Nov 032016
 
Danae Columbus

Danae Columbus

Rampant voter frustration, anger, and resentment is all around us — from the Dillard University students and others who tried to crash last night’s televised debate to the local and national candidates who have shown a definite lack of civility — and these sentiments unfortunately could be the hallmark of all future elections.

The verbal attacks presidential contenders Hillary Clinton and Donald Trump lob at each other every day are small potatoes when readers take note of what is happening around the world.  Several brawls broke out in Hong Kong’s legislature just yesterdayTime is featuring video of similar fights between elected officials in Nepal, Kosovo, Nigeria, South Korea, Taiwan, Turkey, India, Russia, Japan, the Ukraine and China.  No wonder voters around the world are unhappy!

Though New Orleans African-American voters cast their early ballots in big numbers, overall voter interest in the presidential election by this constituency is down from four years ago.  Fed up with the two major parties, Millennials are shopping among the lesser known contenders.  College-age Republicans clubs are in an uproar as whether or not to endorse Trump.  Republican women have been “set adrift” by Trump’s personal style and past experiences. Yet, undecided voters are still leaning toward the GOP, a big change from 2012, as are evangelicals and non-college educated whites.

Today, the presidential election is too close to call with Trump continuing to pound away at Clinton’s slim lead due to the newest FBI email investigation – which is strongly resonating with voters.  One of the reasons candidates like former KKK leader David Duke and Trump continue to make inroads is because they have successfully tapped into what the New York Times aptly calls the “crisis of whiteness.”

This “white anxiety” also helped cause Brexit and can be felt in the rise of right-wing nationalism in Norway, Hungary, Austria and Greece.  The Times defines “whiteness” as more than just skin color but also as “privilege.”  It includes those who want to be called “us” instead of “them.”

According to the Wall Street Journal, Louisiana is one of the states where in the upcoming elections voters are losing sleep.  In a survey of 10,000 Fitbit users, Louisiana voters lost 8.71 minutes of sleep time on September 26, the night of the first presidential debate.  Let’s hope we all get a good night’s sleep after November 7.

COUNCILMEMBER JASON WILLIAMS RECRUITS DEVELOPER JOE JAEGER FOR MAYORAL FUNDRAISING

Councilmember at Large Jason Williams isn’t wasting any time putting together the million dollar war chest he’ll need for his upcoming race for mayor.  Williams has enlisted the assistance of one of the city’s premier business leaders – investor/developer Joe Jaeger – to host tonight’s gathering at Mardi Gras World.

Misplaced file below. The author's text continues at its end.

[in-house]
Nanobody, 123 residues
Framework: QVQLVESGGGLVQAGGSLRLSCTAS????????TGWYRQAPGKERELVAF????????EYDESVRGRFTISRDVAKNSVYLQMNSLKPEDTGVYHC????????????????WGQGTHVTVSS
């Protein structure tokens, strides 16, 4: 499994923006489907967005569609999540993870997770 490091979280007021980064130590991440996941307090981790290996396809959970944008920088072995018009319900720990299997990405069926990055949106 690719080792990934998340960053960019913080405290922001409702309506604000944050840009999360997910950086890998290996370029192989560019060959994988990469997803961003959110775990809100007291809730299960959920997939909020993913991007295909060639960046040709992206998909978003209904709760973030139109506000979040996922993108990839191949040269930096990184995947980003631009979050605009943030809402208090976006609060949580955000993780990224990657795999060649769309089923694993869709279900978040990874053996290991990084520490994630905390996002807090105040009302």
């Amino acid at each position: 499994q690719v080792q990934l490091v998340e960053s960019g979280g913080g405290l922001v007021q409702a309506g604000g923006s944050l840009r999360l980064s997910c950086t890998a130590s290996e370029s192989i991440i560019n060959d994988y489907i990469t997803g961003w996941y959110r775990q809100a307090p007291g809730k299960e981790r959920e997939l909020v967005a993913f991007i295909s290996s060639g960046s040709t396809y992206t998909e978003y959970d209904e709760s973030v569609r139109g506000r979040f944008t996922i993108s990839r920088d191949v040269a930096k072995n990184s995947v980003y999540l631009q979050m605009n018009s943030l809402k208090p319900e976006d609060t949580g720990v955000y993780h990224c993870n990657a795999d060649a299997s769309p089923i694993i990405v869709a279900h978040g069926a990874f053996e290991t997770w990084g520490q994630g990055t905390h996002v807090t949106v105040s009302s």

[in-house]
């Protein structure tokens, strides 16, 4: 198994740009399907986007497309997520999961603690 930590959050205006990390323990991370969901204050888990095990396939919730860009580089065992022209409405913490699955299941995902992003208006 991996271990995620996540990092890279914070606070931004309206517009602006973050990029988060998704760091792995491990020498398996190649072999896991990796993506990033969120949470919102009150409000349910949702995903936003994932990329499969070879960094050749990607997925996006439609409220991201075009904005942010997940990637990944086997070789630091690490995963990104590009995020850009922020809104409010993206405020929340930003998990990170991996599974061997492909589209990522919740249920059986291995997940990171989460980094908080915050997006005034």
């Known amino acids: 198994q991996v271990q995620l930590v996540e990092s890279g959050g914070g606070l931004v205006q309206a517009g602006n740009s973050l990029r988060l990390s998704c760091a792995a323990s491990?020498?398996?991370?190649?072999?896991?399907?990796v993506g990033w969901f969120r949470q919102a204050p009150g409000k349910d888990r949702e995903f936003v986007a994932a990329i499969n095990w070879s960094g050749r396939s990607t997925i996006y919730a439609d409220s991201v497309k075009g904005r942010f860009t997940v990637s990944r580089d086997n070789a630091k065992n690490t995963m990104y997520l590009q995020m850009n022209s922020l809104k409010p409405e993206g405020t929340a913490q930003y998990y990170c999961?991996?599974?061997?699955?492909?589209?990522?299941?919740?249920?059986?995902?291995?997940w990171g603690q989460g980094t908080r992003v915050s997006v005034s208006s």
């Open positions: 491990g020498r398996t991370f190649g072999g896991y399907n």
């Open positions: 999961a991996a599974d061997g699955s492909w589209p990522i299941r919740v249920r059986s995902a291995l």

Always the king maker, Jaeger is a deep-pocketed bundler whose relationships extend from the construction industry to tourism to the Audubon Nature Institute where he serves as chairman.  Jaeger is a “team member” with an ownership interest in almost two dozen hotels, condos and commercial developments in the region.  As a member of the Business Council on both sides of Lake Pontchartrain, Jaeger has a well-established history of contributing big bucks to candidates of his choosing.

Jaeger will give Williams a head start on fundraising which will allow him to retain key consultants early to develop the all-important campaign strategy.  Though many of the other candidates toying with the mayor’s race could fade away, Williams is in it to stay.  The fun starts tonight at 5 p.m.  All contributions are surely welcomed.

DUBOS AND FAUCHEUX TO PROVIDE INSIGHTS AT INSTITUTE OF POLITICS REUNION TONIGHT

Still haven’t decided who to vote for on Tuesday? Political consultant Clancy DuBos and pollster Ron Faucheux will share their thoughts at the Institute of Politics annual reunion tonight at Basin Street Station from 5:30 p.m. to 7:30 p.m.  Under the direction of the capable Tommy Screen, the IOP has been providing a valuable political education to interested citizens for decades.  Based at Loyola University, IOP is a “must attend” for anyone considering a run for office. Tickets are available at the door.

Danae Columbus has had a 30-year career in public relations, including stints at City Hall, the Dock Board and the Orleans Parish School Board. Among the recent candidates who have been represented by her public relations firm are Foster Campbell, Regina Bartholomew, City Council members Stacy Head and Jared Brossett, Lt. Gov. Jay Dardenne, former Sheriff Charles Foti and former Councilwoman Cynthia Hedge-Morrell.

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